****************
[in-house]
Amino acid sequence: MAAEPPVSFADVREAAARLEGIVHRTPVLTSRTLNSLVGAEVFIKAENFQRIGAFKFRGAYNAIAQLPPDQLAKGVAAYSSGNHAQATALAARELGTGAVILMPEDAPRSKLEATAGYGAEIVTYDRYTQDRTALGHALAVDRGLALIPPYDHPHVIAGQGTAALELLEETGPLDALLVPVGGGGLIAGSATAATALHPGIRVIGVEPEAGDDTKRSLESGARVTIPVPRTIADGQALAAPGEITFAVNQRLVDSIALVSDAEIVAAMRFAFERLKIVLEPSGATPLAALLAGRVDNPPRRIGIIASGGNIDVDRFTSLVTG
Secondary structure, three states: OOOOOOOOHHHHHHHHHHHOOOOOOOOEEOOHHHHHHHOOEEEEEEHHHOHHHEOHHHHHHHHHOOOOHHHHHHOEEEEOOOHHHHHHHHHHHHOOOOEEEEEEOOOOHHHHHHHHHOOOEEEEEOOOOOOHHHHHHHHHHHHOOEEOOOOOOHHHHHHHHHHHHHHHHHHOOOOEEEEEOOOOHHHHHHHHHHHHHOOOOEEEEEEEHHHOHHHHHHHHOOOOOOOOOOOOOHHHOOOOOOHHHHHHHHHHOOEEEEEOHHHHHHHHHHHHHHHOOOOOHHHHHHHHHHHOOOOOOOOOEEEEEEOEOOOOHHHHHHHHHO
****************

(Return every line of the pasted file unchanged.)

[in-house]
Amino acid sequence: MAAEPPVSFADVREAAARLEGIVHRTPVLTSRTLNSLVGAEVFIKAENFQRIGAFKFRGAYNAIAQLPPDQLAKGVAAYSSGNHAQATALAARELGTGAVILMPEDAPRSKLEATAGYGAEIVTYDRYTQDRTALGHALAVDRGLALIPPYDHPHVIAGQGTAALELLEETGPLDALLVPVGGGGLIAGSATAATALHPGIRVIGVEPEAGDDTKRSLESGARVTIPVPRTIADGQALAAPGEITFAVNQRLVDSIALVSDAEIVAAMRFAFERLKIVLEPSGATPLAALLAGRVDNPPRRIGIIASGGNIDVDRFTSLVTG
Secondary structure, three states: OOOOOOOOHHHHHHHHHHHOOOOOOOOEEOOHHHHHHHOOEEEEEEHHHOHHHEOHHHHHHHHHOOOOHHHHHHOEEEEOOOHHHHHHHHHHHHOOOOEEEEEEOOOOHHHHHHHHHOOOEEEEEOOOOOOHHHHHHHHHHHHOOEEOOOOOOHHHHHHHHHHHHHHHHHHOOOOEEEEEOOOOHHHHHHHHHHHHHOOOOEEEEEEEHHHOHHHHHHHHOOOOOOOOOOOOOHHHOOOOOOHHHHHHHHHHOOEEEEEOHHHHHHHHHHHHHHHOOOOOHHHHHHHHHHHOOOOOOOOOEEEEEEOEOOOOHHHHHHHHHO